Farewell to Kashmir

The militancy in Kashmir reached its peak in just four months, when Prof. Mushir- ul- Haq the VC Kashmir University was kidnapped and later on murdered sometime around 13th April ’90. I was naturally weighing my options to leave but always postponed the decision. A very tragic and heart wrenching incident happened on the eve of my migration from Baramulla- Kashmir. In Baramulla, I with my family was putting up in a rented accommodation which happened to be the in-laws of a professor of the College of Agriculture- Sopore. The professor belonged to Sopore but his daughter and son aged 8 and 6 years, were studying in a school in Baramulla. On 3rd may 1990, if I remember the date correctly, the professor brought the two siblingsmummy to their maternal house and instructed their grandmother (who was living alone) to send them to school the next day as he had to go to Srinagar for some work. The next day two known persons of the professor’s neighbourhood came to fetch the siblings on the pretext that their mother had sent for them. My spouse (God bless her soul) sniffed a rat but could do nothing. And when the old lady was about to part with the siblings my wife intervened. “My husband is in the nearby BSF camp. He is the magistrate on duty. He can arrange safe passage for the children”. The two persons without batting an eyelid agreed but left on the promise of returning to pick up the children in half an hour. They never returned. The two ladies locked themselves up inside the house. The presence of mind displayed by my wife had perhaps prevented a possible abduction attempt. The fact of the matter was that I had already surrendered the magisterial mantle before the district administration, as I was transferred to Kupwara-Handwara belt nearer to LOC, where I had joined in March ‘90. On that day I returned late in the night to my residence. And when I heard about the morning episode I started joining dots mentally but could arrive at no conclusion. The night spent, the morning broke the news that the professor and his wife had been murdered 36 hours before! After killing their parents the murderers had come to butcher the two children. “You too, Brutus!” Was that the expression of ultimate shock, voiced by the dying Emperor in the company of his own loyals or a slap on the face of human decency!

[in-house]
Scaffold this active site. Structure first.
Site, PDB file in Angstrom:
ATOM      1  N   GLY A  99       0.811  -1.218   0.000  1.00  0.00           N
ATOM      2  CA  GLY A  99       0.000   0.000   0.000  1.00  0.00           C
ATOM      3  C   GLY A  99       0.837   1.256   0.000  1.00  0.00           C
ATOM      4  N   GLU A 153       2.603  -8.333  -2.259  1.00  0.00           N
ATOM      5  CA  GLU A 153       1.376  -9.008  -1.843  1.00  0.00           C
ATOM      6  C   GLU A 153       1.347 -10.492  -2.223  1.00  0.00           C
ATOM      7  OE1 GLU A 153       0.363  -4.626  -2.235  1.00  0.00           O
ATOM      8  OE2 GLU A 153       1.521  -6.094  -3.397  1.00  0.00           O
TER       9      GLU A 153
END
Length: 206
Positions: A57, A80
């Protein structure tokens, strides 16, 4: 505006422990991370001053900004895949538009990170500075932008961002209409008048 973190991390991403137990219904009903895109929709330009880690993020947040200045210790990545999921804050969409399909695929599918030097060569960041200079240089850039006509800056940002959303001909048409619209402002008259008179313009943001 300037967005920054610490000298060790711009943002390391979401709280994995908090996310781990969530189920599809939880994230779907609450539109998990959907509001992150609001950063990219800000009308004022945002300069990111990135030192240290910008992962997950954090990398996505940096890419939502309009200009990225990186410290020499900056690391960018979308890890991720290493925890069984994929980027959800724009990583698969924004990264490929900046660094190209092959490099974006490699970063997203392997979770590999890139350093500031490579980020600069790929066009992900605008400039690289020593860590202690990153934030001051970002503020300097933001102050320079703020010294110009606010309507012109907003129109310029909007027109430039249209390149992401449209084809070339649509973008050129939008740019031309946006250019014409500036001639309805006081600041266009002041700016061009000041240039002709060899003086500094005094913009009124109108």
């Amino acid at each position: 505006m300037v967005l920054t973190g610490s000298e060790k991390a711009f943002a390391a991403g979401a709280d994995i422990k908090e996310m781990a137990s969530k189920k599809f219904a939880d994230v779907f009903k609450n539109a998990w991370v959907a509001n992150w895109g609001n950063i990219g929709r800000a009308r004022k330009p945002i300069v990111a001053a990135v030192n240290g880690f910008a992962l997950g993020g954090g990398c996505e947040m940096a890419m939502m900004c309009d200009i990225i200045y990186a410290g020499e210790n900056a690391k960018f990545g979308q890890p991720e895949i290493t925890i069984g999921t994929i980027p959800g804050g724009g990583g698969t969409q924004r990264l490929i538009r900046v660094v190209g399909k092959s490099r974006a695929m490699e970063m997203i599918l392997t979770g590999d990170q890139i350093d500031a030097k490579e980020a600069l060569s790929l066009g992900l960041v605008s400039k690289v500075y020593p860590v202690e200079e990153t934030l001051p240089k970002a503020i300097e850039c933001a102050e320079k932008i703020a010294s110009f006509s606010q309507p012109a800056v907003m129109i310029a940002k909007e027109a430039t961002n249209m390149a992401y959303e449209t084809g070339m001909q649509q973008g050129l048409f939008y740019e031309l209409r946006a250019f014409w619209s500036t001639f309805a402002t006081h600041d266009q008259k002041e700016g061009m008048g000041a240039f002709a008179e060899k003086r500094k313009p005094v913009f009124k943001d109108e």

I immediately collected my wits and arranged the transport for carrying whatever could be picked up besides carrying the two orphans and the two ladies away from the midst of some very dangerous population. Since we left Baramulla late in the day we reached Udhampur late in the night. After partaking of some frugal food, the siblings slept like two sanyasins, unmindful of the tragedy that had befallen them. On that day our eyes never dried up. On that day our hearts never stopped weeping. We dozed off fitfully till morning. The first rays of the sun saw me escorting the old lady to her next destination and the siblings to an uncertain future.

After guiding them over to their relatives at Jammu, I took refuge in Udhampur in a private accommodation. During the summer of 1990, I experienced for the first time, the severity of unbearable heat of the plains. But the monsoon came right in time on 1st July and the temperatures cooled down appreciably. The rains however made the migrant camp at Battalbalian look like Napoleon’s battered battle field. The tents were all uprooted and the food stuffs destroyed. Since I had rented a private accommodation, my family was spared the pain of a helpless situation. Later on when the life stabilised at the camp the migrants put up a request for starting a school for the students. I along with some right thinking people took up the cause and the first nitty- gritty of the school took shape in three tents. The building came up later with the help of an NRI (again a person from Rainawari) who had lost his son in a road accident in the USA. The Rishi Model School has now graduated to the level of 8th standard. The migrant camp has since shifted from Battalballian but the CRPF has moved in. The school apart from serving the local population is extending a helping hand to the wards of the police force against nominal fee, much less than what K V Schools charge from the students.